The fellow looting to the left is likely part of Estonia's 1/3 ethnic Russian minority. There have been riots in this small, typically frozen and usually safe/mellow country recently owing to the removal of a World War II monument to Soviet soldiers and the disinterment of some of their remains. So far one person has been killed.
I've been to that monument, having done a short period of contract work in Tallinn, the capital, back in 1999. It's a strange and incredible little corner of Europe. The old town is a thousand years old and a UNESCO World Heritage Site. It "looks like Europe" more than anywhere else I've been.
The issue has brought a number of uncomfortable social forces to a head. A lot of ethnic Estonians sided with the Nazis during the war. There were thousand year old ties with Germany, and frankly the average Estonian, who is related to Finns, probably thought of themselves as better people than your average Russian. Many still do. When the Soviets kicked the Nazis out of the Baltics, they incorporated the Baltic States into the USSR whether people liked or not. (For the most part "not.")
Ethnic Russians moved to the port cities of Estonia, which shares a border with western Russia, and although a minority everyone had to learn Russian to get ahead in school and in careers. Resentment ran high. When the USSR fell apart, about a third of Estonia became an ethnic minority overnight. Laws were changed to make Estonian the official language and the language of school and commerce. Suddenly the Russians became disadvantaged, and ended up with the crappier work and salaries. I noticed that my Estonian phrasebook wasn't always useful; there's a good chance that your bus driver or waitress speaks Russian.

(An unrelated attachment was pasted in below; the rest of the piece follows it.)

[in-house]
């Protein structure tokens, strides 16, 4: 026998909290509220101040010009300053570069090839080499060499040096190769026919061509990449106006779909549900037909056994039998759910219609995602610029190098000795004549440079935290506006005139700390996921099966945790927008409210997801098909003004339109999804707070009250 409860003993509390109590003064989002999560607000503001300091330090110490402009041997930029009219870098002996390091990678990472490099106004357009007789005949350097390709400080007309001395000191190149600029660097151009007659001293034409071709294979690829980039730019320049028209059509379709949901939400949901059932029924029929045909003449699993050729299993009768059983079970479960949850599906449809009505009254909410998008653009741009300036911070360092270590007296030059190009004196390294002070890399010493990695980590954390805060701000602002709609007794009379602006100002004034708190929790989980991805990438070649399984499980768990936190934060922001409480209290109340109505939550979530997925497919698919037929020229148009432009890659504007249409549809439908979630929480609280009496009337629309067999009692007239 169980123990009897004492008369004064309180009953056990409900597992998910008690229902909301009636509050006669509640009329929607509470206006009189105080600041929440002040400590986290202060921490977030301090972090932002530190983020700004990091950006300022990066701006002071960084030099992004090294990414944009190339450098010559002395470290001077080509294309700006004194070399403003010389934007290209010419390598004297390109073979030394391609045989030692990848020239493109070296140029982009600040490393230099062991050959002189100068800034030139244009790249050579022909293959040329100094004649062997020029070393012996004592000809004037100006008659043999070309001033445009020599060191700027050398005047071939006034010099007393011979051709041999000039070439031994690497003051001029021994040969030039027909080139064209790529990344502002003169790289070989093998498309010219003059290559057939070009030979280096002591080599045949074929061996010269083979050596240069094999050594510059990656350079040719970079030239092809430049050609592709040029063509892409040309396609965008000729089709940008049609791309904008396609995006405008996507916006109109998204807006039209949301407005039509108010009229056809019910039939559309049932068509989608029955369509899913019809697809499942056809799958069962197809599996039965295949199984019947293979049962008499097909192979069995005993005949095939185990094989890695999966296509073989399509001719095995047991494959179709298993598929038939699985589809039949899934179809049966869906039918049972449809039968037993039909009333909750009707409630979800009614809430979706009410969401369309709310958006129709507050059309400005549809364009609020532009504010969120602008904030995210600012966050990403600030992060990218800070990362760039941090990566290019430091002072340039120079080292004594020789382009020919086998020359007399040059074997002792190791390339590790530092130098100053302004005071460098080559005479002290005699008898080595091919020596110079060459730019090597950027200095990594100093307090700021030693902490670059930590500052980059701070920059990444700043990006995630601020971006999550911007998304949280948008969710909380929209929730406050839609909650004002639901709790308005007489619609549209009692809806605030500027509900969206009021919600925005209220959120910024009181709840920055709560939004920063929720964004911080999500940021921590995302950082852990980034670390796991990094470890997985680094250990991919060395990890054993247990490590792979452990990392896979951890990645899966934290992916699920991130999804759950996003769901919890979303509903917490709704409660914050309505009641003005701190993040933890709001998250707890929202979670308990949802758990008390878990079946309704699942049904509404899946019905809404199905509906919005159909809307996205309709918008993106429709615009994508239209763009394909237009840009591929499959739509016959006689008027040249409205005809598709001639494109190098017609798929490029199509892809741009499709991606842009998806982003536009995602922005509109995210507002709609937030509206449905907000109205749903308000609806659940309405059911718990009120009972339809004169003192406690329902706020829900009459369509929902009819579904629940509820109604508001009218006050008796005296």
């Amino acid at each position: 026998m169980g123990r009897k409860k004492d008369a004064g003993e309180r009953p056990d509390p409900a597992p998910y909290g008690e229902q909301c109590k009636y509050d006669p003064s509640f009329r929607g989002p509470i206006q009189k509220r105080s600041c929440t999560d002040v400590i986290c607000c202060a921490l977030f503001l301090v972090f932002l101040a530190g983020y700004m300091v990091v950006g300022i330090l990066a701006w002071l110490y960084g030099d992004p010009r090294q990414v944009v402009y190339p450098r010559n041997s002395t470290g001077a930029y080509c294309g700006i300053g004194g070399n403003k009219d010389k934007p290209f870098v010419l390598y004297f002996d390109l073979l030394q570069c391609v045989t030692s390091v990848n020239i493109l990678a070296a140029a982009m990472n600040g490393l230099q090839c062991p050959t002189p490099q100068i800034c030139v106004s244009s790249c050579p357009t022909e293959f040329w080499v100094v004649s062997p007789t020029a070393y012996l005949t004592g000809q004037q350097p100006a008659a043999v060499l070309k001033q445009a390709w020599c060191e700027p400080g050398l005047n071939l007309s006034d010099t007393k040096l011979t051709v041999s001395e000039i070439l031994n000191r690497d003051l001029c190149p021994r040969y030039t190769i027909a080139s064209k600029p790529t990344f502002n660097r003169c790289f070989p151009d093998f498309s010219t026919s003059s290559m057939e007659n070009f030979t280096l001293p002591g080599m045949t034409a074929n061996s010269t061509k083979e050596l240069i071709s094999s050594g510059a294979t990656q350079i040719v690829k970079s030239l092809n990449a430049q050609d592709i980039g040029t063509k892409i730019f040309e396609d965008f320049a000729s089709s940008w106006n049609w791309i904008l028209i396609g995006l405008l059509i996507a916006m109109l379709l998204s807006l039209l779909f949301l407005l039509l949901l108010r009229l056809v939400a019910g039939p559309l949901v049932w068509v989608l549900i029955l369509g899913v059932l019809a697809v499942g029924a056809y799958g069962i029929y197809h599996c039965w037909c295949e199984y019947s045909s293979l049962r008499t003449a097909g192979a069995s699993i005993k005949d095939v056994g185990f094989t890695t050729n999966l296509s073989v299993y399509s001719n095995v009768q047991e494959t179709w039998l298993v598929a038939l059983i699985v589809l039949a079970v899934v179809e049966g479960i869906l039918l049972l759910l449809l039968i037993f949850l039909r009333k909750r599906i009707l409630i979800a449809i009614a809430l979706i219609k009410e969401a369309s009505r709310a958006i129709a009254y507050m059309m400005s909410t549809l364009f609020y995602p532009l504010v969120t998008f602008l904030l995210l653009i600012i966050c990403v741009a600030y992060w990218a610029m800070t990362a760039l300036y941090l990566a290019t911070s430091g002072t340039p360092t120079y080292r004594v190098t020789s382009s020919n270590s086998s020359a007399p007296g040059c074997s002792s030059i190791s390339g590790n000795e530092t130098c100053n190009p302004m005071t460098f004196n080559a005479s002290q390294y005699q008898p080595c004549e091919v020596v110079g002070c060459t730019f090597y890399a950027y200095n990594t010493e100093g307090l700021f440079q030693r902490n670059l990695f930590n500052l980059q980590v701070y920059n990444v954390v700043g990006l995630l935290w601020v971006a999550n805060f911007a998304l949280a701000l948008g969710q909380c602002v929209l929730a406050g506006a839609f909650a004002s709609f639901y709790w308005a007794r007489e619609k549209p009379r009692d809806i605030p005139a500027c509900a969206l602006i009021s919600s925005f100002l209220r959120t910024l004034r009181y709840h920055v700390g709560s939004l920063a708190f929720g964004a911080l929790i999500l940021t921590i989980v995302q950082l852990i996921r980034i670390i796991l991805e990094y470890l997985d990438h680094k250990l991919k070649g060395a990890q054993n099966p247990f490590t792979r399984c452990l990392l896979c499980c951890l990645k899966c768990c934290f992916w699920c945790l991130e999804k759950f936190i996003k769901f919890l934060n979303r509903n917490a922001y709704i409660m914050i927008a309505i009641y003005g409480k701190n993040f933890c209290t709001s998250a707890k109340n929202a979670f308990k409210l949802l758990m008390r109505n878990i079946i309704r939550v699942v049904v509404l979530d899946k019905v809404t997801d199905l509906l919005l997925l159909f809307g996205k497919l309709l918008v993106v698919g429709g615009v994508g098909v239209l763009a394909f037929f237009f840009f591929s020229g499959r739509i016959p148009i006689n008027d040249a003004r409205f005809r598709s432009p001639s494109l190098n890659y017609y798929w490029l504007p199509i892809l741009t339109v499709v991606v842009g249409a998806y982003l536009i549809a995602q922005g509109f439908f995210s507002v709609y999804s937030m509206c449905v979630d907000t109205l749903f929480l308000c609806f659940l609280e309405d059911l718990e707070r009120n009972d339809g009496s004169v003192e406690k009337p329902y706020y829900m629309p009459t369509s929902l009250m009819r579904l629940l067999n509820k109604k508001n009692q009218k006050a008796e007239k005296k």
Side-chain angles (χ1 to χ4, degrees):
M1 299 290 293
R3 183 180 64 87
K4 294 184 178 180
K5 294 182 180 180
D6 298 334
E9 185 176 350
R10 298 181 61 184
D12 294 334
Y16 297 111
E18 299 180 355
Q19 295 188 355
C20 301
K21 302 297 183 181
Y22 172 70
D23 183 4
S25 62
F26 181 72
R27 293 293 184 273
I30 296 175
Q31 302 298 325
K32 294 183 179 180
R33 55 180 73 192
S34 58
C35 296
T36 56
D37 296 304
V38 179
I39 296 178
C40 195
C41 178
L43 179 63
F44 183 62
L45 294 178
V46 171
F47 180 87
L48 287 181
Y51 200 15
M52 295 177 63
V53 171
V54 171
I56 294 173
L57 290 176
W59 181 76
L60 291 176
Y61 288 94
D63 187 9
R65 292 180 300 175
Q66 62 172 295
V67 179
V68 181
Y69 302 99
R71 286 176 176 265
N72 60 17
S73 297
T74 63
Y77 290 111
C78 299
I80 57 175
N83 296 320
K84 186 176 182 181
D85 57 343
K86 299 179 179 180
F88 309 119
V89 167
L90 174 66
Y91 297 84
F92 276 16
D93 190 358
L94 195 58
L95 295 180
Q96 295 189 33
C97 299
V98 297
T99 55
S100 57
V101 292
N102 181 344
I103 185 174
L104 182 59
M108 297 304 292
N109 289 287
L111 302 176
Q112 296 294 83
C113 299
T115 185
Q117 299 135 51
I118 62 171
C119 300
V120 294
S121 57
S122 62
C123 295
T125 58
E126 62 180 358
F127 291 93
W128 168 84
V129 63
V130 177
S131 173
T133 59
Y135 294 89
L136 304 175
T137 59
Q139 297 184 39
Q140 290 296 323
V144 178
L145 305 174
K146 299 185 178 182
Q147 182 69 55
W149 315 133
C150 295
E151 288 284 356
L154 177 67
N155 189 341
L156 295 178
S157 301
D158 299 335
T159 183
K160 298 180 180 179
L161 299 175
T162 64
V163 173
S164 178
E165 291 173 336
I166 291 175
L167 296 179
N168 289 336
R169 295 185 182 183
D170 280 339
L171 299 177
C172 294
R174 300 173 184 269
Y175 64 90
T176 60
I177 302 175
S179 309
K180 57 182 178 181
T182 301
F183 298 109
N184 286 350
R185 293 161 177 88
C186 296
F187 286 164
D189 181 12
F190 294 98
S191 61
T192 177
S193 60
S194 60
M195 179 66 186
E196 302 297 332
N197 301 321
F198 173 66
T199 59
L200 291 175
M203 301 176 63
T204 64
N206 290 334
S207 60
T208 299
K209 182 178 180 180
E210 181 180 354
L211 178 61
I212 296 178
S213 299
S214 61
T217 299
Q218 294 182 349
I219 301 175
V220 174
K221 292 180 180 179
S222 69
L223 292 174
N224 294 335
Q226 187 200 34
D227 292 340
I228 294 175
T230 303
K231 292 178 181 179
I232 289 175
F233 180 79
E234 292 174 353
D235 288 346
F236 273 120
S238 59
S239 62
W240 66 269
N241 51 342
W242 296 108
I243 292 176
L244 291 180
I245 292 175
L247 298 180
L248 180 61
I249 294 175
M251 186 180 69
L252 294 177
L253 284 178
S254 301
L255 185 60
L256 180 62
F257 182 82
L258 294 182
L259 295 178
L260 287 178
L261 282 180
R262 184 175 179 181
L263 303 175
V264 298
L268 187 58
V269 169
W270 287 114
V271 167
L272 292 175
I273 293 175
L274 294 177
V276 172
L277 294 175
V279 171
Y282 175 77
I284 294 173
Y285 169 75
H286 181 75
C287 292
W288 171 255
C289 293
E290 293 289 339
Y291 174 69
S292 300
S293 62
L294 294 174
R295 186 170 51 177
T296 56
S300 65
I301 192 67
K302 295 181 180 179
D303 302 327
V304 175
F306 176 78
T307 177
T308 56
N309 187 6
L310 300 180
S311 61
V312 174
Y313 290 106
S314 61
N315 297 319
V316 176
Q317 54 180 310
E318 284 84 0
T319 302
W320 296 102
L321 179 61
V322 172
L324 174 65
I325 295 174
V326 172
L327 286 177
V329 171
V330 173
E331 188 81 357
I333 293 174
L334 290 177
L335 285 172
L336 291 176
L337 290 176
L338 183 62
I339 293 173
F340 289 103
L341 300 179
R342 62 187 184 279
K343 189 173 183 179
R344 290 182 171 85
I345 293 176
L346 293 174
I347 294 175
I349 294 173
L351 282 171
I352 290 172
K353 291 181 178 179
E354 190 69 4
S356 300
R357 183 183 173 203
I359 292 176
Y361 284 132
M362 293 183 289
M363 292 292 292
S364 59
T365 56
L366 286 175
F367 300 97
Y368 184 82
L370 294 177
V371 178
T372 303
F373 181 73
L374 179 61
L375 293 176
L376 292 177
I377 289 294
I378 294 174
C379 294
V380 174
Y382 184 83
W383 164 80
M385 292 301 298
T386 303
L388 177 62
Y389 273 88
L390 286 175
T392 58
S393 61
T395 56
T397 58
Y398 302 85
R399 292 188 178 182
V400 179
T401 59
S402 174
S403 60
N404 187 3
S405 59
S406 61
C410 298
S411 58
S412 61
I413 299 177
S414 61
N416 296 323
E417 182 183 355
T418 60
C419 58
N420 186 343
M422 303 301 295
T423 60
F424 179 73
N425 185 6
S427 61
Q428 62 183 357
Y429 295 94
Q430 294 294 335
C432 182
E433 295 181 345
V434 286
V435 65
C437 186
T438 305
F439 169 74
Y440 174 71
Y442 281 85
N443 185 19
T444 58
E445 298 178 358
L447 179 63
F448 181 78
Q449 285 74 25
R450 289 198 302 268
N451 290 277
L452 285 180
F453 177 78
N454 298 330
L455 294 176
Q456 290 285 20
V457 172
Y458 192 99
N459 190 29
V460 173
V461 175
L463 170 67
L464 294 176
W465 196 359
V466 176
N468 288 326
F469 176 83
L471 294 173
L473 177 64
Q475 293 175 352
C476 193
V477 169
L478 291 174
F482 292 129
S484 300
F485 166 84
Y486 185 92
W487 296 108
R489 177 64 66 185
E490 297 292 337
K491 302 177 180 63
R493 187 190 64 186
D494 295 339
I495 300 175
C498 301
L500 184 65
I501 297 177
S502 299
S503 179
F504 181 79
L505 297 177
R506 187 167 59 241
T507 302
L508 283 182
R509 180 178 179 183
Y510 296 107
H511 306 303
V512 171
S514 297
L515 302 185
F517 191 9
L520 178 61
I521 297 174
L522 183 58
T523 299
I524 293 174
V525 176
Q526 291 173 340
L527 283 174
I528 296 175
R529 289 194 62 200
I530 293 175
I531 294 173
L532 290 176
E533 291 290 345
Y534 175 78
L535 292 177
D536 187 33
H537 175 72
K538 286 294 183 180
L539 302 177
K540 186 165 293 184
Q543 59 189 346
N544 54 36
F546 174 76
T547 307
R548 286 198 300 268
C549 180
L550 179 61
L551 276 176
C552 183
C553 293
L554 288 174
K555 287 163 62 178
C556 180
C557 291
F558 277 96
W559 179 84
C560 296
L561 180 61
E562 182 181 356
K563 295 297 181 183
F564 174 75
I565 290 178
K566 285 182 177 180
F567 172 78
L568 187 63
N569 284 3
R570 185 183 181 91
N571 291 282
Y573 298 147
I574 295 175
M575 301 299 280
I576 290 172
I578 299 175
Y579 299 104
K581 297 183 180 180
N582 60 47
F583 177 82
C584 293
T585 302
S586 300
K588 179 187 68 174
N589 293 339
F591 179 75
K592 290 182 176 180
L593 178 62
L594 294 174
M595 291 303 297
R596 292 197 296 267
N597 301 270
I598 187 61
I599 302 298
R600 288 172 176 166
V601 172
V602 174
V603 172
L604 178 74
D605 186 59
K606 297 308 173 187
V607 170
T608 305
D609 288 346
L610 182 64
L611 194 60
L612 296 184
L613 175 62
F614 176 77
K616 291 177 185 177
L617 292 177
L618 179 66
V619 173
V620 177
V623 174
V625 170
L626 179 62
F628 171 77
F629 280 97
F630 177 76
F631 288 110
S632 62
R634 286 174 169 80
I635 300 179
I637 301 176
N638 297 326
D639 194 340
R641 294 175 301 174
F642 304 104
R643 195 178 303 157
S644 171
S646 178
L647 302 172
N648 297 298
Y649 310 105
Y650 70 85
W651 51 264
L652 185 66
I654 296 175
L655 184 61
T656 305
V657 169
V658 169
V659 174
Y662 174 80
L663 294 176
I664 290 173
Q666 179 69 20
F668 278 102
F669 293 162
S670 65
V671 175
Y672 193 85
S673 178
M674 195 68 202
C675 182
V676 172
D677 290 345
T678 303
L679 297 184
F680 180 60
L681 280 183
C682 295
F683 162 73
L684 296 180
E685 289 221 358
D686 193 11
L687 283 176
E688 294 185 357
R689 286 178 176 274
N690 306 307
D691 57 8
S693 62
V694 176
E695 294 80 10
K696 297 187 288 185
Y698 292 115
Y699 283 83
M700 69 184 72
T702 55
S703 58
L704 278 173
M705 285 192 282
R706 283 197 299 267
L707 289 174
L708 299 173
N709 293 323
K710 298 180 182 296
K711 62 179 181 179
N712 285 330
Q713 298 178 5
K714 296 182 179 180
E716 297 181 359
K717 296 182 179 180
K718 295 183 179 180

Now we come to deciding to remove a monument to the people who liberated Estonia from the Nazis... and incorporated the country under Soviet/Russian control. You can understand how the mutual resentment has boiled over.
Hopefully this will blow over at some point, and you can visit this cool little country some day soon when the tear gas clouds dissipate.